At our local TPRS meeting yesterday, Betsy demonstrated the Contrastive Grammar technique. She talked about the three levels of comprehension questions for different levels of learners. Here is one example for each:
Barometer: ask what something means
Mid-level: ask what a particular part of a phrase or sentence with the new grammar means
High-level: ask kids to apply the new grammar, translating from a sentence in English.
Then she went on to show how to do negation in Japanese, meanwhile throwing in “little” words that don’t have equivalents in English. We all practiced the negation of the verbs, but every few statements, Betsy would ask whether we’d heard something new. If we had, she explained it.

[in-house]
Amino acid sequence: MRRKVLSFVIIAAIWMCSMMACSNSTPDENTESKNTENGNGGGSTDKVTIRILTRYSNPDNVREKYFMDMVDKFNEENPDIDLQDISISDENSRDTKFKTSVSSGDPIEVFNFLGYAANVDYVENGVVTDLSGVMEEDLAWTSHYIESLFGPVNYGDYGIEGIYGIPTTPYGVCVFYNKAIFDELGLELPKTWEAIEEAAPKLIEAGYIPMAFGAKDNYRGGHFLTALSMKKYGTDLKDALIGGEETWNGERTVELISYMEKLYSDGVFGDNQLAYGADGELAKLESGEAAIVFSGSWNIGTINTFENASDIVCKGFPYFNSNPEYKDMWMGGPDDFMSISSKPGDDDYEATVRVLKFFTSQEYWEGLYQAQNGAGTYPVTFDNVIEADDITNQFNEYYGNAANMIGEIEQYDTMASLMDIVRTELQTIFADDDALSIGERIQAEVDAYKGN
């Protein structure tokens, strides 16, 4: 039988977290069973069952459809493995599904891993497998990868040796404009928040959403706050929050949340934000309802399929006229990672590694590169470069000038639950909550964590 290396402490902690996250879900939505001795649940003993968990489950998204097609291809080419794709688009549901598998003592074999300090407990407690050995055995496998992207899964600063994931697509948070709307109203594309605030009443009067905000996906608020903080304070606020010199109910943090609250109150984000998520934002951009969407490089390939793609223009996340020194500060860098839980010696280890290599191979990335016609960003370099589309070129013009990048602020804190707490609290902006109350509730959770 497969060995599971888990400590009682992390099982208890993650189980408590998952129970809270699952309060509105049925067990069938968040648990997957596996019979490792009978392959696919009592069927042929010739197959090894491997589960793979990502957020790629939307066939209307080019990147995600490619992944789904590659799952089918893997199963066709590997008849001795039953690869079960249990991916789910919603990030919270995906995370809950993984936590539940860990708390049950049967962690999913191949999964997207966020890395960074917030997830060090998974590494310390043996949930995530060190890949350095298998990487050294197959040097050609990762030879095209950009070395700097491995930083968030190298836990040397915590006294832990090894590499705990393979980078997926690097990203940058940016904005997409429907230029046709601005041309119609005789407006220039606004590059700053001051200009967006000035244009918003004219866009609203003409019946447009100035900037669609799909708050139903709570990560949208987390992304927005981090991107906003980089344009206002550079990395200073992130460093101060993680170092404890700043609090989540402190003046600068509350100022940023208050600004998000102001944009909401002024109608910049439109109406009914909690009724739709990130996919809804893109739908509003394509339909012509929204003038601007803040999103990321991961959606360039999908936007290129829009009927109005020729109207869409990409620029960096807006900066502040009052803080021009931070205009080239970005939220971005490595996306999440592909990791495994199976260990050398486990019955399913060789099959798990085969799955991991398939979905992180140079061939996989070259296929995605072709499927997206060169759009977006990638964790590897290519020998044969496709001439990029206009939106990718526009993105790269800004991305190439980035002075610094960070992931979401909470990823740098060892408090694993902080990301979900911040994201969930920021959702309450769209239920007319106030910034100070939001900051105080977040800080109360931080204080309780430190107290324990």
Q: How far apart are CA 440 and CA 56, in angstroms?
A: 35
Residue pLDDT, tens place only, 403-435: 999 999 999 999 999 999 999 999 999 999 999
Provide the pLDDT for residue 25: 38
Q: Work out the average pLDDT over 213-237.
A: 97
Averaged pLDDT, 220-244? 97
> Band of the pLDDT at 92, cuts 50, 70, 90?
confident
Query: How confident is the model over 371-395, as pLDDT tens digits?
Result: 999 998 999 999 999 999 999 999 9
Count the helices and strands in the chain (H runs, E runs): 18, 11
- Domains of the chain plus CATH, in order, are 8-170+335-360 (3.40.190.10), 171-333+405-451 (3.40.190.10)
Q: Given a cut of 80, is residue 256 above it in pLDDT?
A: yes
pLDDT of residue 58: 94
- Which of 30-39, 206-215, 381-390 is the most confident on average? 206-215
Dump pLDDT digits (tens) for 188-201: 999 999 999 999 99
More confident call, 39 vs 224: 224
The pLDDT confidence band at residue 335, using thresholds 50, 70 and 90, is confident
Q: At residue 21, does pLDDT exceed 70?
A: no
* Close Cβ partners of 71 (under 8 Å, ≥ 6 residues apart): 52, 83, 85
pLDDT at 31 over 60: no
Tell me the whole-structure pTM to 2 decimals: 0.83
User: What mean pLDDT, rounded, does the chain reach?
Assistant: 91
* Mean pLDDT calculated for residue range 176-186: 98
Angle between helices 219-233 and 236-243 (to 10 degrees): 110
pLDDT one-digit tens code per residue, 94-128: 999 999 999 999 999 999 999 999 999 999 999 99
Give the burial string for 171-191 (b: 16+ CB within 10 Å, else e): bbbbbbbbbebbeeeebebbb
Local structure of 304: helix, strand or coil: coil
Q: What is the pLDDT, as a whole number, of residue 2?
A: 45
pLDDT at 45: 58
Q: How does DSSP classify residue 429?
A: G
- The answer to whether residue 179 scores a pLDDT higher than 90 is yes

First of all, Contrastive Grammar is a great technique to use–thanks, Susie! It helps those of us who like to talk about grammar. But this new twist, which turned out to be a sort of stealth focus on the little words, while making us think we were practicing the negation, was brilliant. It has taken my brain all night, but now I’m beginning to understand what features I might “stealth-teach” through Contrastive Grammar. One of those is the little “bwi” that signifies the subjunctive. In a way, I realize that I’ve been doing this, but as Martina has said earlier, it’s helpful to have a good practice explained and codified, so that you can identify when and where you can use it to good effect.
Tam pointed out that, for those of us who would otherwise uselessly obsess over the “little words” (or whatever else you’re stealth-teaching), the focus on something else gives our analytic brain something to do while we’re secretly pounding away on the real topic.
For more on Contrastive Grammar, check Susie Gross’ website. She is the creator of this technique, but for clear presentation and examples, I’m feeling lucky to live in the same town with Betsy!